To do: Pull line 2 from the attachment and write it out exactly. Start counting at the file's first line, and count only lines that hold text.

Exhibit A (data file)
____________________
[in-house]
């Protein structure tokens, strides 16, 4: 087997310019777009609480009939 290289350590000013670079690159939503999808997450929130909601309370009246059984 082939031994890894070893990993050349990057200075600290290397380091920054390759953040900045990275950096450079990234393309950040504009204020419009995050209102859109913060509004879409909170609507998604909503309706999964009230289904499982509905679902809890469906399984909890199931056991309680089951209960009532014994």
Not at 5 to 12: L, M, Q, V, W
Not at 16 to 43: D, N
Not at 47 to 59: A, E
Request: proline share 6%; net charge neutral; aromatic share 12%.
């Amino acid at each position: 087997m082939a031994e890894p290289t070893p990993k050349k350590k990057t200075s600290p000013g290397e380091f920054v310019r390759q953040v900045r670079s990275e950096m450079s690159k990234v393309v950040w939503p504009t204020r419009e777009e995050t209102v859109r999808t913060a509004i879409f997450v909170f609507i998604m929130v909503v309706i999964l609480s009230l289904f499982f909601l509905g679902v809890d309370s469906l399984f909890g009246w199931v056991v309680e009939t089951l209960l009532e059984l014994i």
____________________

């Protein structure tokens, strides 16, 4: 087997310019777009609480009939 290289350590000013670079690159939503999808997450929130909601309370009246059984 082939031994890894070893990993050349990057200075600290290397380091920054390759953040900045990275950096450079990234393309950040504009204020419009995050209102859109913060509004879409909170609507998604909503309706999964009230289904499982509905679902809890469906399984909890199931056991309680089951209960009532014994």